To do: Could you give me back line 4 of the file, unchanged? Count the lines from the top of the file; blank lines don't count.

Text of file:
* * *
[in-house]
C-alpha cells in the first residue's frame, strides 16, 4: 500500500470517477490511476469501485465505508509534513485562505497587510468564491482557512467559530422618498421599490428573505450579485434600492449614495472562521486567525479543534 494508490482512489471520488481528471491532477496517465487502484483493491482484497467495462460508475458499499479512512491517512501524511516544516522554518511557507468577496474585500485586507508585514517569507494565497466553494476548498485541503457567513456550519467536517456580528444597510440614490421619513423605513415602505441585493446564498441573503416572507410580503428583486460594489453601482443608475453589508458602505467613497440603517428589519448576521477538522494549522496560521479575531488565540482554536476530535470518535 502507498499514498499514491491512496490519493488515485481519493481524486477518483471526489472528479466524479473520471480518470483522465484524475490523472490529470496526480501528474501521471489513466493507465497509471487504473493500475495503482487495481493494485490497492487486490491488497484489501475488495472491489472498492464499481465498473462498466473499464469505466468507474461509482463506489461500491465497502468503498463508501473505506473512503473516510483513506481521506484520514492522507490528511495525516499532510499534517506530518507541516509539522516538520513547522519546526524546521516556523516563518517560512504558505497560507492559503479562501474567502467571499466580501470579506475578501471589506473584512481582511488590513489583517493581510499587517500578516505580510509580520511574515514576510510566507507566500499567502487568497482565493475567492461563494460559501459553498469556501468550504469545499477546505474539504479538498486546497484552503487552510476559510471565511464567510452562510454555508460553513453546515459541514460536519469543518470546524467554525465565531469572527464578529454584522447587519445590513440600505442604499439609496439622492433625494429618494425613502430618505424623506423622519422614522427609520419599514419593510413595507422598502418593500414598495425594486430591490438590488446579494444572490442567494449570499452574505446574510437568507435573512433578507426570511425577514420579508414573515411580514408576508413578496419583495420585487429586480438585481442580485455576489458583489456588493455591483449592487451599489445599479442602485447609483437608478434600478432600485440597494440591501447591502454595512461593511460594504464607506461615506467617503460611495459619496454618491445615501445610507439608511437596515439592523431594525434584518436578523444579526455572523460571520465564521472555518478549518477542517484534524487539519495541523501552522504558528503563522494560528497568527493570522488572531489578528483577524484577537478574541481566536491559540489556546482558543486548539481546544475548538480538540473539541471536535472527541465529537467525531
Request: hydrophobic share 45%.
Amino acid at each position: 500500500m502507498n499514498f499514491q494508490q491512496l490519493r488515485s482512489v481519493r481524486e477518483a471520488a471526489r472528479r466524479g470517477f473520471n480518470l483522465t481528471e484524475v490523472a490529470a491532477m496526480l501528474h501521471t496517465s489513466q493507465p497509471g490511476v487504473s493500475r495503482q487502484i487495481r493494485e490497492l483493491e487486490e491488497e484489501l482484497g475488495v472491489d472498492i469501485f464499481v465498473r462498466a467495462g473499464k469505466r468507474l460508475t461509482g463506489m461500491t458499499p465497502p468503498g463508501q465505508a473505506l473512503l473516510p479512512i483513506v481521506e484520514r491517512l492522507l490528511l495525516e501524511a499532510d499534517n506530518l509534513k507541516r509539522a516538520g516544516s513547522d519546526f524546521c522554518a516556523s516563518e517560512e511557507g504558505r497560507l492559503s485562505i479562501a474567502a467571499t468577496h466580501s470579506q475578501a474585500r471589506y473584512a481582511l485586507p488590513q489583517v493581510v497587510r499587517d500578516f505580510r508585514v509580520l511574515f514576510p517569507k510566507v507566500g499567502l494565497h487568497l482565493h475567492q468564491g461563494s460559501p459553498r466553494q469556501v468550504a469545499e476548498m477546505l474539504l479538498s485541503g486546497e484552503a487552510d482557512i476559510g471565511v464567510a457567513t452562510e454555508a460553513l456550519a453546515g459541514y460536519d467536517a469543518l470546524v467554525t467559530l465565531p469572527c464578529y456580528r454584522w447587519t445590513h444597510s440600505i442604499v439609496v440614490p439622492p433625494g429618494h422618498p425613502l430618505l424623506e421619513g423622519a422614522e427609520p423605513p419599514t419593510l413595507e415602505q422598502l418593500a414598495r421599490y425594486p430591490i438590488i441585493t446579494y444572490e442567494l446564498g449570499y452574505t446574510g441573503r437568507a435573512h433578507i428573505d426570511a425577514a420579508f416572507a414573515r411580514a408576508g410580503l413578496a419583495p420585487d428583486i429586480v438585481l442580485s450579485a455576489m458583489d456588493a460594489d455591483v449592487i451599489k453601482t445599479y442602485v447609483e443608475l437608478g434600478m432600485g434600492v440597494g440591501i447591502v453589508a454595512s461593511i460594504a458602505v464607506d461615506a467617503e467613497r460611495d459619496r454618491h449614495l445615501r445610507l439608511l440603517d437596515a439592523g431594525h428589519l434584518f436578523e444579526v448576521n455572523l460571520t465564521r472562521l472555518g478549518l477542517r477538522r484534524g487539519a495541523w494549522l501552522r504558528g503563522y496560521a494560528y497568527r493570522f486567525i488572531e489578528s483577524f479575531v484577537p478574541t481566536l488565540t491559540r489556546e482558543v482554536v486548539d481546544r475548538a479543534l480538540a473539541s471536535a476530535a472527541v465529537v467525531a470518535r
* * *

Amino acid at each position: 500500500m502507498n499514498f499514491q494508490q491512496l490519493r488515485s482512489v481519493r481524486e477518483a471520488a471526489r472528479r466524479g470517477f473520471n480518470l483522465t481528471e484524475v490523472a490529470a491532477m496526480l501528474h501521471t496517465s489513466q493507465p497509471g490511476v487504473s493500475r495503482q487502484i487495481r493494485e490497492l483493491e487486490e491488497e484489501l482484497g475488495v472491489d472498492i469501485f464499481v465498473r462498466a467495462g473499464k469505466r468507474l460508475t461509482g463506489m461500491t458499499p465497502p468503498g463508501q465505508a473505506l473512503l473516510p479512512i483513506v481521506e484520514r491517512l492522507l490528511l495525516e501524511a499532510d499534517n506530518l509534513k507541516r509539522a516538520g516544516s513547522d519546526f524546521c522554518a516556523s516563518e517560512e511557507g504558505r497560507l492559503s485562505i479562501a474567502a467571499t468577496h466580501s470579506q475578501a474585500r471589506y473584512a481582511l485586507p488590513q489583517v493581510v497587510r499587517d500578516f505580510r508585514v509580520l511574515f514576510p517569507k510566507v507566500g499567502l494565497h487568497l482565493h475567492q468564491g461563494s460559501p459553498r466553494q469556501v468550504a469545499e476548498m477546505l474539504l479538498s485541503g486546497e484552503a487552510d482557512i476559510g471565511v464567510a457567513t452562510e454555508a460553513l456550519a453546515g459541514y460536519d467536517a469543518l470546524v467554525t467559530l465565531p469572527c464578529y456580528r454584522w447587519t445590513h444597510s440600505i442604499v439609496v440614490p439622492p433625494g429618494h422618498p425613502l430618505l424623506e421619513g423622519a422614522e427609520p423605513p419599514t419593510l413595507e415602505q422598502l418593500a414598495r421599490y425594486p430591490i438590488i441585493t446579494y444572490e442567494l446564498g449570499y452574505t446574510g441573503r437568507a435573512h433578507i428573505d426570511a425577514a420579508f416572507a414573515r411580514a408576508g410580503l413578496a419583495p420585487d428583486i429586480v438585481l442580485s450579485a455576489m458583489d456588493a460594489d455591483v449592487i451599489k453601482t445599479y442602485v447609483e443608475l437608478g434600478m432600485g434600492v440597494g440591501i447591502v453589508a454595512s461593511i460594504a458602505v464607506d461615506a467617503e467613497r460611495d459619496r454618491h449614495l445615501r445610507l439608511l440603517d437596515a439592523g431594525h428589519l434584518f436578523e444579526v448576521n455572523l460571520t465564521r472562521l472555518g478549518l477542517r477538522r484534524g487539519a495541523w494549522l501552522r504558528g503563522y496560521a494560528y497568527r493570522f486567525i488572531e489578528s483577524f479575531v484577537p478574541t481566536l488565540t491559540r489556546e482558543v482554536v486548539d481546544r475548538a479543534l480538540a473539541s471536535a476530535a472527541v465529537v467525531a470518535r